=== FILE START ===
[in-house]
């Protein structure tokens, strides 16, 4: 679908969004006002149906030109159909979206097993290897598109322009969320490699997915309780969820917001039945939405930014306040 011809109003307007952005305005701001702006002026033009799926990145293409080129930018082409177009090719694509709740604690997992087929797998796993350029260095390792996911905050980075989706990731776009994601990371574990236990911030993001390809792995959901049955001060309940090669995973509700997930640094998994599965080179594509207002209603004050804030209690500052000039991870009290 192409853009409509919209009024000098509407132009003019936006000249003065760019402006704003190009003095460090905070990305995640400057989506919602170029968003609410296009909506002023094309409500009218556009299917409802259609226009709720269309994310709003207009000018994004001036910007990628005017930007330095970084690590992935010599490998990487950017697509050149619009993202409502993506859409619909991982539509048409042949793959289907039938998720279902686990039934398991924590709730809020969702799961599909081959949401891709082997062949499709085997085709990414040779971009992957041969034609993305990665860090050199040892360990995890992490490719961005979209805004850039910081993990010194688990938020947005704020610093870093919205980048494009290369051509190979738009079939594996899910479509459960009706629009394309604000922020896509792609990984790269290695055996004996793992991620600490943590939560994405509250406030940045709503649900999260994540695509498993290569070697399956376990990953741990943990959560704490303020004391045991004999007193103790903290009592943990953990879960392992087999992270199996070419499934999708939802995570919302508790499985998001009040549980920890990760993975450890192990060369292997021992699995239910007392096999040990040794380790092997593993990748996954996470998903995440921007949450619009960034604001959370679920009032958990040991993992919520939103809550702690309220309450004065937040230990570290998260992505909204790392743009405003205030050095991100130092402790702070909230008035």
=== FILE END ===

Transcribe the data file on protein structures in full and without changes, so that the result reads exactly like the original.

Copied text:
[in-house]
């Protein structure tokens, strides 16, 4: 679908969004006002149906030109159909979206097993290897598109322009969320490699997915309780969820917001039945939405930014306040 011809109003307007952005305005701001702006002026033009799926990145293409080129930018082409177009090719694509709740604690997992087929797998796993350029260095390792996911905050980075989706990731776009994601990371574990236990911030993001390809792995959901049955001060309940090669995973509700997930640094998994599965080179594509207002209603004050804030209690500052000039991870009290 192409853009409509919209009024000098509407132009003019936006000249003065760019402006704003190009003095460090905070990305995640400057989506919602170029968003609410296009909506002023094309409500009218556009299917409802259609226009709720269309994310709003207009000018994004001036910007990628005017930007330095970084690590992935010599490998990487950017697509050149619009993202409502993506859409619909991982539509048409042949793959289907039938998720279902686990039934398991924590709730809020969702799961599909081959949401891709082997062949499709085997085709990414040779971009992957041969034609993305990665860090050199040892360990995890992490490719961005979209805004850039910081993990010194688990938020947005704020610093870093919205980048494009290369051509190979738009079939594996899910479509459960009706629009394309604000922020896509792609990984790269290695055996004996793992991620600490943590939560994405509250406030940045709503649900999260994540695509498993290569070697399956376990990953741990943990959560704490303020004391045991004999007193103790903290009592943990953990879960392992087999992270199996070419499934999708939802995570919302508790499985998001009040549980920890990760993975450890192990060369292997021992699995239910007392096999040990040794380790092997593993990748996954996470998903995440921007949450619009960034604001959370679920009032958990040991993992919520939103809550702690309220309450004065937040230990570290998260992505909204790392743009405003205030050095991100130092402790702070909230008035």